Although seldom spotted at sales – he would send an agent or bid over the telephone – al-Thani likes being photographed. The late Richard Avedon, Henri Cartier-Bresson, Helmut Newton, Irving Penn and his friend David Bailey have all been pressed into service. Avedon’s portrait shows him wearing traditional Arab dress with a rare gazelle, a paw resting on his shoulder (al-Thani breeds endangered wildlife, particularly birds and gazelles, at Al Wabra, his desert estate), while Newton asked for (and got) $70,000 a day for a three-day sitting. Al-Thani subsequently asked Newton if he would mind meeting his sister. He was a little put out when the photographer invoiced him for an additional €18 to cover the drinks.
“My family thinks I am crazy,” al-Thani said in an interview with The Art Newspaper following the Maastricht fair last March. Perhaps the Emir and his clan disapproved of the vast sums he forked out at auctions. Perhaps it was his seemingly boundless personal extravagance. Bailey recalls accompanying al-Thani on a spur of the moment trip to the Philippines in his Gulfstream jet to visit a parrot breeder (the men share an unlikely passion for the birds), while on another occasion they flew off to visit IM Pei’s museum in Kyoto, Japan’s cultural centre. The al-Thani family may also have been upset at Sheikh Saud’s purchase of the Jenkins Venus – a sensuous female nude.
“Al-Thani has a wonderful eye, and a stunning visual memory. But if he wants something, he’ll just buy it – regardless of price,” says his friend Bailey. According to The Art Newspaper, Qatari officials are now looking at three 2002 invoices from Oliver Hoare Limited for Mughal jewellery bought by al-Thani totalling £19·2 million. The jewellery was originally bought at auction for less than a tenth of the price. Hoare has said that he was not the original puchaser, and it is not unusual for rare objects to increase in value: dealers can quite legally charge the best price they can get. But, as The Art Newspaper says, these mark-ups appear to be unprecedentedly high. Friends say Hoare has done nothing wrong and that elements hostile to al-Thani are feeding information damaging to him to the press.
Some speak of “palace coup” by envious rivals. Yet the Emir of Qatar remains a conservative man for whom many areas of public -and private life are closed to scrutiny or debate. One businessman and collector from the region argues that the Emir would never allow a member of the royal family to be so publicly disgraced unless he thought he had good reason.
Whatever the case, Bailey last saw him at a dinner with their wives (al-Thani is married with three children) in New York in late February.
“At that point, rumours of a scandal were already swirling,” Bailey recalls. Within a couple of days, the photographer discovered that al-Thani’s telephone lines and mobile had been cut off. Auction houses, art dealers and experts meanwhile received a letter dated February 16 stripping al-Thani of his powers as chairman of the NCCAH, adding that Dr Mohammed Abdulraheem Kafoud – a former education minister – has stepped into his shoes. While Qatari officials claim that plans for the five museums will move ahead, the Qatari Audit Bureau is now investigating allegations of a “serious misuse and misappropriation of funds”.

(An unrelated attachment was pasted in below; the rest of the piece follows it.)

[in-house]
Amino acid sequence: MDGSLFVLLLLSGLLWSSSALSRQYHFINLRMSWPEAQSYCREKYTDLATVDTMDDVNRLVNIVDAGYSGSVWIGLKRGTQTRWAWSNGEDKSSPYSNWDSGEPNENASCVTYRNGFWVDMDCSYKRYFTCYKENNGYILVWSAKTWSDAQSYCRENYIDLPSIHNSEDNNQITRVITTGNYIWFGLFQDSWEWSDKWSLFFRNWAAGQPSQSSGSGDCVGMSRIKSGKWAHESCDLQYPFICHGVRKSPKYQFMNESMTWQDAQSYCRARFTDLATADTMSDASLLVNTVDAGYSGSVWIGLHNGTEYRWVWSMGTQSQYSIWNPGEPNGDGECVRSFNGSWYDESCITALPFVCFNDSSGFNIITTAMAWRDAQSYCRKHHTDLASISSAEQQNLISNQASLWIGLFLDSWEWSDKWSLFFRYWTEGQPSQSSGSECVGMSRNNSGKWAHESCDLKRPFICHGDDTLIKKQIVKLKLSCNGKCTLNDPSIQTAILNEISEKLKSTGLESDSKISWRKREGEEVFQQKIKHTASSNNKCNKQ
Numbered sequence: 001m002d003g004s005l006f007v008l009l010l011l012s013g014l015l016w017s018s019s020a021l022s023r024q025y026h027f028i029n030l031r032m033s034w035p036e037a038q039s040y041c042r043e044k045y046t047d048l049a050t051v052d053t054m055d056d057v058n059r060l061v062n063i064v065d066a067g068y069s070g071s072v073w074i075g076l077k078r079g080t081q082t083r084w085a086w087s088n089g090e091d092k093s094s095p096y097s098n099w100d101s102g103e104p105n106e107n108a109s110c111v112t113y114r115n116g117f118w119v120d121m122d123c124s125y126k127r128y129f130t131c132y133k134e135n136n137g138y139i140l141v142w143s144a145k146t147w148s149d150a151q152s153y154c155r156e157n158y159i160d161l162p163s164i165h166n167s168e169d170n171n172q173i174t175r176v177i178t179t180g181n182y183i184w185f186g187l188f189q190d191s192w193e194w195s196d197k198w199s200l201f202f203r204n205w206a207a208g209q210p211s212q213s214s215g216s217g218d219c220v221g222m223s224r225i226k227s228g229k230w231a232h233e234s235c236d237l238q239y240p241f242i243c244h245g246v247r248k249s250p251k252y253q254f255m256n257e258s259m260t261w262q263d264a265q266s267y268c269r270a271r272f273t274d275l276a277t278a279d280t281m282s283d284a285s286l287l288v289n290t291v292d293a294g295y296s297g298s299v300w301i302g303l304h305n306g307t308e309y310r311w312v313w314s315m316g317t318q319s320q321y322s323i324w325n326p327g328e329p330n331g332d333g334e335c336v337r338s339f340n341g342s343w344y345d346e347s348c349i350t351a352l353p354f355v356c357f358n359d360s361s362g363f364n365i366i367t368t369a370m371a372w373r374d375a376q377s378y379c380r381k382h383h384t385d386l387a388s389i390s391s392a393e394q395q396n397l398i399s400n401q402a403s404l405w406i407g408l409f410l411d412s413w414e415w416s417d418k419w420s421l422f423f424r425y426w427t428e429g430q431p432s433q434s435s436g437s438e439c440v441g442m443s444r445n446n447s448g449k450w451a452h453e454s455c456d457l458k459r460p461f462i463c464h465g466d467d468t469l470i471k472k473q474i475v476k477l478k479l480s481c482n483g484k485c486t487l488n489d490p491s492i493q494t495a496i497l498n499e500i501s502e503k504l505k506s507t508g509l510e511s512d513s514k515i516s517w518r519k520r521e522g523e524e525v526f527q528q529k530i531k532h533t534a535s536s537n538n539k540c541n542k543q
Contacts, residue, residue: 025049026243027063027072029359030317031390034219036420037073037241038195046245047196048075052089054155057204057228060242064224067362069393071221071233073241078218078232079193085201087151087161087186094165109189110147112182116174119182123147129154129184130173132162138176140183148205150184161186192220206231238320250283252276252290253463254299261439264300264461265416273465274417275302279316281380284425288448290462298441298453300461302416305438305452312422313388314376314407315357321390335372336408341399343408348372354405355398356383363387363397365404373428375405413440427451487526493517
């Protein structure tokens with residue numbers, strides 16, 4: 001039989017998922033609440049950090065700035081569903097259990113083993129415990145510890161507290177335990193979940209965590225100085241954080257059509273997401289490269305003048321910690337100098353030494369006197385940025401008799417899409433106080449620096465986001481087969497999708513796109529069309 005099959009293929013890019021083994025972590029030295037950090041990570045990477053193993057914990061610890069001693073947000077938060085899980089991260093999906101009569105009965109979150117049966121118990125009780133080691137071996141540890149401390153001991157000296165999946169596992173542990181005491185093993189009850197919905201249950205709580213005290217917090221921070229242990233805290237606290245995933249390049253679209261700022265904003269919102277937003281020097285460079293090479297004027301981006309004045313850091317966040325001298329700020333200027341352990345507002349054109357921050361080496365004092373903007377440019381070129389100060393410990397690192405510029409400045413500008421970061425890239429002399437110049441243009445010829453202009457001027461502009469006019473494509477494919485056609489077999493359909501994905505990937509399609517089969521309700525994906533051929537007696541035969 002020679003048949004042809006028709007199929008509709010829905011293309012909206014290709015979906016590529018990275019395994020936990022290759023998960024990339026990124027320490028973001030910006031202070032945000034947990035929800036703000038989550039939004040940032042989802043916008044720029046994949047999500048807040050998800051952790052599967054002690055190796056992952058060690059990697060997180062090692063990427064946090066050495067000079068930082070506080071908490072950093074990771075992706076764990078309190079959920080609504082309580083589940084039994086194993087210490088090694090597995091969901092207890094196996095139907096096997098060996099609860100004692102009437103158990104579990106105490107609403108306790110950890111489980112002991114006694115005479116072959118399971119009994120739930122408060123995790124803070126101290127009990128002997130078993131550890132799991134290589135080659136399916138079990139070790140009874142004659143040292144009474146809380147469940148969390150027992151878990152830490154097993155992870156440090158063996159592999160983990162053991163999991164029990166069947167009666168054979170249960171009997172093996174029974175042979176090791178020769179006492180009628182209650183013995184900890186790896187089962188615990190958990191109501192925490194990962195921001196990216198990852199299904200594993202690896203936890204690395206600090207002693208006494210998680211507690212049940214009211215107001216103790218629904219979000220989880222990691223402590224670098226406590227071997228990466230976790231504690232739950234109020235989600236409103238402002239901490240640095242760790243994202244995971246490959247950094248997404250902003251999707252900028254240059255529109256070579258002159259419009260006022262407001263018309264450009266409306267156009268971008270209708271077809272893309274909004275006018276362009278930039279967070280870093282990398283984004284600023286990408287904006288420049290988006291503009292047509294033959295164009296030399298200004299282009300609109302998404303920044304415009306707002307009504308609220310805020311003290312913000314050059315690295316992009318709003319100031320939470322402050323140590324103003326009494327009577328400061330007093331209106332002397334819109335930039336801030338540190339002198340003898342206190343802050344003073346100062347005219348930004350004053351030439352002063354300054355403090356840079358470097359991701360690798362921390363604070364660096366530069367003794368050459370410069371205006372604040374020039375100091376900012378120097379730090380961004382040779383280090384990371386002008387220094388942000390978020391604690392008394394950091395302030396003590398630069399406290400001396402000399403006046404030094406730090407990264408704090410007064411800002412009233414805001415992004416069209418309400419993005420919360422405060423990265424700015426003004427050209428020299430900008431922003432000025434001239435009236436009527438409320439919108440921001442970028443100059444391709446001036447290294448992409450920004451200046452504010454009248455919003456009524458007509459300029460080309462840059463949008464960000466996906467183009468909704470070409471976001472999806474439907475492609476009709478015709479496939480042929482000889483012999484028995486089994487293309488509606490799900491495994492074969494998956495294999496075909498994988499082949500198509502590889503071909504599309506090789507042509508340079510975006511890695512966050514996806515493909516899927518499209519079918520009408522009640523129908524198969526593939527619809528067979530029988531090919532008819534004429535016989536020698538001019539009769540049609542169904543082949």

Back in London, it is in the saleroom that al-Thani has had the greatest impact – both in photography and in the Islamic field, where his countless acquisitions now rival Sheikh Nasser al-Sabah’s collection of more than 20,000 objects on display in the National Museum in Kuwait City.
“I admire Sheikh Saud’s passion, but I’m very much aware of the potentially destabilising force when a collector arrives on the art market with seemingly unlimited resources,” says Philippe Garner. “It can lead to unrealistic expectations on the part of vendors.”
Al-Thani is as colourful and exotic as one of his rare birds. His disappearance had an immediate impact on the Islamic sales of the big London auction houses this week. Christie’s reached £3·2 million compared with £11·1 million last April; Sotheby’s £2·1 million, down from 2004′s £7·3 million.
“He was one of the most fascinating men I’ve ever met,” adds David Bailey.
“I miss him.”
But now he is back on the market and he certainly can afford what he wants, seen the results of his company.
Qtel H1 Profits rise by 9%
On 08.16.10, In Mobile, By Editor
Revenues for the Qtel Group for the first half increased by 13.7% to US$3.6 billion, compared to US$ 3.1 billion the last year. The profits stood at US$0.494 million from US$0.439 million a year ago. The Group’s consolidated customer base stood at 66.6 million, compared to 51.4 million a year ago.
Qtel’s EBITDA performance was strong -US$ 1.730 billion, up 14.6 % resulting in an EBITDA margin of 48% and a progress of 2 % from last year.
According to the Chairman of the company, Sheikh Abdullah Bin Mohammed Bin Saud Al-Thani, Qtel has verified that the company can turn challenging investments and market situations to their advantage, as they continue to deliver shareholder value. The performance in core territories such as Kuwait and Qatar shows that the company is capable of driving progress in competitive markets. The performance in Indonesia also continues to improve, as they unlock the potential of this key investment in Southeast Asia.